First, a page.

Held up in legalities, “Killer of Sheep” emerges thirty years later

“Killer of Sheep” was shot on 16mm on a minimal budget of $5,000 using non-actors and children from the director’s neighborhood of Watts, Calif. Although the film was completed in 1973, it was first screened in 1977 as Burnett’s UCLA graduate thesis and then the film had a brief stint touring colleges and festivals.

Since March, the recently restored and newly transferred 35mm print of the film has been playing in various cities, colleges and festivals in over 145 locations, including the University of Miami. Sponsored by UM’s Black Filmmakers Association, “Killer of Sheep” was followed with a Q&A session with lead actor Henry Gayle Sanders.

During the film’s recent tour there has been a resurgence of interest for the “forgotten masterpiece” and accolades from various film critics. Why would a film so highly revered be unknown to many film viewers?

“Charles [Burnett] never intended the film to be distributed nationwide. He only wanted to make it as a political discussion piece on black communities. Colleges and festivals were enough for him,” Amy Heller from [position title?-JA] Milestone Distribution said.

Colleges and festivals were the only places the film could screen because of copyright issues with music used in the film. As a result, “Killer of Sheep” was unable to acquire wider distribution. Although Burnett was happy with keeping the film in obscurity, associates at Milestone Distribution felt that a film of this caliber should be accessible to a larger audience. With the help of many filmmakers at both UCLA and USC, including a generous $75,000 donation from “Ocean’s Eleven” director Steven Soderbergh, all of the 18 music track rights were cleared up. From there the film was given a second chance for an audience both young and old who were unable to view it thirty years prior.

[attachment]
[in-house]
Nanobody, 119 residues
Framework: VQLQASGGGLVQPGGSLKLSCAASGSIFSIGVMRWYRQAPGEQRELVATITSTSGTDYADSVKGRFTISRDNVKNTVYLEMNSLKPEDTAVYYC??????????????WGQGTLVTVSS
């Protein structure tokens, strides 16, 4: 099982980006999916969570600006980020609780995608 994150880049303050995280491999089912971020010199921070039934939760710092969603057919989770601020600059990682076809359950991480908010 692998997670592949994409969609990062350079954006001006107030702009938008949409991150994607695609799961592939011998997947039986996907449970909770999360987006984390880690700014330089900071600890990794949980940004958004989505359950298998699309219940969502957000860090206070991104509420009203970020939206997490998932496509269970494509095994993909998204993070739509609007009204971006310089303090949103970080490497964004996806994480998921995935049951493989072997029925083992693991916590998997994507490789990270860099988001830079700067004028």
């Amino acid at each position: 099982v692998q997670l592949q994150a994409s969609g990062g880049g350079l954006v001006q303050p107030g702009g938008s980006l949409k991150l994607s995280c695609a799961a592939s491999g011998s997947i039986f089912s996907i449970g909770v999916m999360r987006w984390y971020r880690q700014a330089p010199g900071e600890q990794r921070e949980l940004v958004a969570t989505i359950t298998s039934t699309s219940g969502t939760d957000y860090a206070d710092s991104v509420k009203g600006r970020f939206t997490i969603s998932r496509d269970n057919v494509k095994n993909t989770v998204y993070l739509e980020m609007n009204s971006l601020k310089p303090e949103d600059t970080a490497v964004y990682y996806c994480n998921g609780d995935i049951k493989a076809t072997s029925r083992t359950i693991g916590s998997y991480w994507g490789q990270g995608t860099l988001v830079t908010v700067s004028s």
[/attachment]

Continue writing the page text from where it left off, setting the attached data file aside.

But it wasn’t just the film’s unlicensed music that kept the film out of the Hollywood limelight. Sanders, who played the melancholic lamb butcher Stan, said the film was self-consciously anti-Hollywood.

“I don’t remember if Charles had a script.he just wanted the actors to act naturally, he’d tell us what he wanted and we would do it. He wanted to show a contrast with the stereotypical black portrayal in Hollywood.”

Charles Burnett envisioned the film as a gritty fictional documentary that could show a more accurate and shameless depiction of lower-middle class black communities. His characters appear unrelated to the camera; they go about their daily lives without extreme drama or pretense. Instead of groovy music, hit men, prostitutes and cars, “Killer of Sheep” shows two friends carrying a car battery down the stairs, a couple dancing by the window, work in a slaughterhouse and child’s play with fake fighting and rocks thrown at trains.

The film is not for everybody. Though the story’s themes are gripping and each shot of the film is beautifully composed and poetic, “Killer of Sheep” lacks a strong narrative. The film doesn’t follow the Hollywood mold of act structure and dramatic protagonists, but instead is assembled like a free verse poem of vignettes, images and commonplace actions. The film works, as Burnett intended, as a discussion piece where the meaning and importance comes after the fact.

Tim Novak may be contacted at t.novak1@umiami.edu.